If you or a loved one has been placed in immigration detention it is imperative that you consult with an immigration attorney as soon as possible. There are certain facts that your attorney must promptly ascertain, including when, why and where your loved one was detained.
An immigrant’s detention by immigration authorities usually corresponds with the individual being placed in removal proceedings shortly thereafter. As such, a detained individual and his attorney will have to argue his case while the person is in the custody of Immigration and Customs Enforcement, or ICE. Immigration Court cases for detained persons typically proceed on an expedited basis, meaning that there is a short timeframe in which your attorney must prepare and argue the case before the Immigration Judge issues a ruling.
However, as part of the initial case assessment, your attorney must determine if your loved one can be released from detention so that he may argue his Immigration Court case while he is free and reunited with family. This process requires that your attorney communicate with ICE to try to negotiate a release on the client’s own recognizance, or by the posting of a bond. However, if ICE does not agree to a release from detention your attorney must then request that your loved one be released on a reasonable bond amount directly from the Immigration Court. This process involves a formal hearing in which the Immigration Judge hears arguments and considers evidence from your attorney and from ICE’s attorney. Thus, your attorney must be competent and well versed in immigration law, specifically concerning bond hearings.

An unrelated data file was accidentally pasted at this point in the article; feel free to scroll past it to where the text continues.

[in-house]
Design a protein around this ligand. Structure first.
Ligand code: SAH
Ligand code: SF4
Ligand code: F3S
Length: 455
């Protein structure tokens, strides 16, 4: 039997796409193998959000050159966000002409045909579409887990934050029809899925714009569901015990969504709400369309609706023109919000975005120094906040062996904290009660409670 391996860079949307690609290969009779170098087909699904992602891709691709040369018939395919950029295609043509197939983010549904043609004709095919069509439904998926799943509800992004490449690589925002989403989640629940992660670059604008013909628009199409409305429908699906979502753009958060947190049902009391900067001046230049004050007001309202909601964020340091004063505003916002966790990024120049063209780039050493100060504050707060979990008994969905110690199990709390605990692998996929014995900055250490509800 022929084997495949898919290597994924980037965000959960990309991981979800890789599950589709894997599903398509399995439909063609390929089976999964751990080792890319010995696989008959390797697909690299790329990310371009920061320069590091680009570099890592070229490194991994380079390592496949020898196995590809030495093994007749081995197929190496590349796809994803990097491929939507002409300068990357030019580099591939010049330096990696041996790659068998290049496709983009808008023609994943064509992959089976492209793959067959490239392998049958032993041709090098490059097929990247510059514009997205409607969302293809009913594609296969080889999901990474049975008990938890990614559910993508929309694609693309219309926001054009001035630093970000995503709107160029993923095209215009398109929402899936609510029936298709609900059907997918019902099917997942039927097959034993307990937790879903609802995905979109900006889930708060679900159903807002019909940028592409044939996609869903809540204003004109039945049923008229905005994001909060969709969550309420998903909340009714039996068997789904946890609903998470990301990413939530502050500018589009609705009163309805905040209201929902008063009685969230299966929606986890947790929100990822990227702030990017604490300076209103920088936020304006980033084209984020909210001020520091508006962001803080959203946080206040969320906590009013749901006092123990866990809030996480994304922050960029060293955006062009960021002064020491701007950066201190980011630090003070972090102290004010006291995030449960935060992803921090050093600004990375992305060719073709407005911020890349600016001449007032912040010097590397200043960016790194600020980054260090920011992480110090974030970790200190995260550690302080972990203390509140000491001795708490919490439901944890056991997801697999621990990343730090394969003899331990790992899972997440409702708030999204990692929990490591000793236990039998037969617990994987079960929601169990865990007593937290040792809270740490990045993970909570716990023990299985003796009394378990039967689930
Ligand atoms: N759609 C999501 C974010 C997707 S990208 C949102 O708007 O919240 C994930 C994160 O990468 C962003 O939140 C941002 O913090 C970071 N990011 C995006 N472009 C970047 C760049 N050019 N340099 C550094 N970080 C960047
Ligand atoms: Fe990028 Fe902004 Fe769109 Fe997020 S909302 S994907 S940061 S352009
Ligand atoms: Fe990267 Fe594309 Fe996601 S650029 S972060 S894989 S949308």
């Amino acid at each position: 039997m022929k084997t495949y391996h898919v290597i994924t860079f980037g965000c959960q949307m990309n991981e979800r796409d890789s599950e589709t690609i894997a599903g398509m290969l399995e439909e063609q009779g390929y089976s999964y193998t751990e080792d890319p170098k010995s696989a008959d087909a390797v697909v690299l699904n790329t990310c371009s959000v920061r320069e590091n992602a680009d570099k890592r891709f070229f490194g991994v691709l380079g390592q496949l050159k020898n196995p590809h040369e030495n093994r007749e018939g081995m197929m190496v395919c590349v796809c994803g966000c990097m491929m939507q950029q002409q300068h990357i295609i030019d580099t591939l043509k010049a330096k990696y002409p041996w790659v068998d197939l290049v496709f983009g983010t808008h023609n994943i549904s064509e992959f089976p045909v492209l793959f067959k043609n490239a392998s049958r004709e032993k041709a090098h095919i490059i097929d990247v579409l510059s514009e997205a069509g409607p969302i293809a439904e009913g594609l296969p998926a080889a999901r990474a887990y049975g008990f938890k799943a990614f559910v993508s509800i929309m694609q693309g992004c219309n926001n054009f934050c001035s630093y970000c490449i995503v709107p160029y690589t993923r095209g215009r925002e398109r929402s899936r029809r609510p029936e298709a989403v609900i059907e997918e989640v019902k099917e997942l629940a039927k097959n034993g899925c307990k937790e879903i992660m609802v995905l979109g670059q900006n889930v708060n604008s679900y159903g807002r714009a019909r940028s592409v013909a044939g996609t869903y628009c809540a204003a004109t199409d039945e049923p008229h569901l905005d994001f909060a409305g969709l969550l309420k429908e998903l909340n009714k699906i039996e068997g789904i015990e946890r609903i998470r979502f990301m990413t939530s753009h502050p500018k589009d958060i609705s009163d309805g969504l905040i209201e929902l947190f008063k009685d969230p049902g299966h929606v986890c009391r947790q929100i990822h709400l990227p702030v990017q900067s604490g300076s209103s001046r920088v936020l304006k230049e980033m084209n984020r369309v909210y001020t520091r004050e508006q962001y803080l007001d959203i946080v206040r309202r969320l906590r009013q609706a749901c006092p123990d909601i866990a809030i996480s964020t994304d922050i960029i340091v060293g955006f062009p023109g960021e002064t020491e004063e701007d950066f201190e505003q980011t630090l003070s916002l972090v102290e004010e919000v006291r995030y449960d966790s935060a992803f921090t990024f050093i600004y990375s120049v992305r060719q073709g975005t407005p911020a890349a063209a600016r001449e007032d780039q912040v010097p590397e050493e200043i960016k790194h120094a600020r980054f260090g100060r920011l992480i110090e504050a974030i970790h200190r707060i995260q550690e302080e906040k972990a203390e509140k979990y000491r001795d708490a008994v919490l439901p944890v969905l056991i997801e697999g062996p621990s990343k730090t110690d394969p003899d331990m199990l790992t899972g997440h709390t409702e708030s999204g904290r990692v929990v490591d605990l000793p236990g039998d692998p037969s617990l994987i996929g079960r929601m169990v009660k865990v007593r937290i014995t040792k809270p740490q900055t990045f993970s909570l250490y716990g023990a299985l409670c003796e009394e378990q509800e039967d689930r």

Contact the Franco Law Group today to schedule an appointment to discuss your loved one’s immigration detention. Our attorneys are knowledgeable and experienced in representing detained clients in bond hearings. Whether your loved one is released or remains in detention, he or she will likely have to proceed with his primary removal case. For more information regarding this stage of the case, see our website section on Immigration Court Representation (EOIR).